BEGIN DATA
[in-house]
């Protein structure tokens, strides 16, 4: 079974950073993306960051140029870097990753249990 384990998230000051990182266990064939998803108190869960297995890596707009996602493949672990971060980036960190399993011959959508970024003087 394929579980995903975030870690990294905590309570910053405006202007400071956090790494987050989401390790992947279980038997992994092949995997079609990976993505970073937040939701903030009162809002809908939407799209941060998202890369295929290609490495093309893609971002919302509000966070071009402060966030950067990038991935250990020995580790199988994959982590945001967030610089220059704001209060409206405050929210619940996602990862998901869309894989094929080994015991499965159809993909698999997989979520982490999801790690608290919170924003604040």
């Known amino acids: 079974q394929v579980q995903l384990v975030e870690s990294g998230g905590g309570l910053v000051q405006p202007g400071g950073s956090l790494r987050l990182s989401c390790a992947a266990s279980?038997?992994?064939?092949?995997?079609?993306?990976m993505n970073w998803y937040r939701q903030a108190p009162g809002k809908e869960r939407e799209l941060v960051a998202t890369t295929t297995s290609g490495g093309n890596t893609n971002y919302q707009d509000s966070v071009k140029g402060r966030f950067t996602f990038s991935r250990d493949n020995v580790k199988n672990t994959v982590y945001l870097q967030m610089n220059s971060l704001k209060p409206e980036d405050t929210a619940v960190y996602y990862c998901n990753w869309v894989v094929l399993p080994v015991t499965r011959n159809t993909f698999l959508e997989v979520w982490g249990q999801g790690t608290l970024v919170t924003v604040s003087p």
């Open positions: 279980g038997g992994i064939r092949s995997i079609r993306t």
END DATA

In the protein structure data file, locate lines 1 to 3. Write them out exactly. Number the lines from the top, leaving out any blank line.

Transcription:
[in-house]
């Protein structure tokens, strides 16, 4: 079974950073993306960051140029870097990753249990 384990998230000051990182266990064939998803108190869960297995890596707009996602493949672990971060980036960190399993011959959508970024003087 394929579980995903975030870690990294905590309570910053405006202007400071956090790494987050989401390790992947279980038997992994092949995997079609990976993505970073937040939701903030009162809002809908939407799209941060998202890369295929290609490495093309893609971002919302509000966070071009402060966030950067990038991935250990020995580790199988994959982590945001967030610089220059704001209060409206405050929210619940996602990862998901869309894989094929080994015991499965159809993909698999997989979520982490999801790690608290919170924003604040």
């Known amino acids: 079974q394929v579980q995903l384990v975030e870690s990294g998230g905590g309570l910053v000051q405006p202007g400071g950073s956090l790494r987050l990182s989401c390790a992947a266990s279980?038997?992994?064939?092949?995997?079609?993306?990976m993505n970073w998803y937040r939701q903030a108190p009162g809002k809908e869960r939407e799209l941060v960051a998202t890369t295929t297995s290609g490495g093309n890596t893609n971002y919302q707009d509000s966070v071009k140029g402060r966030f950067t996602f990038s991935r250990d493949n020995v580790k199988n672990t994959v982590y945001l870097q967030m610089n220059s971060l704001k209060p409206e980036d405050t929210a619940v960190y996602y990862c998901n990753w869309v894989v094929l399993p080994v015991t499965r011959n159809t993909f698999l959508e997989v979520w982490g249990q999801g790690t608290l970024v919170t924003v604040s003087p």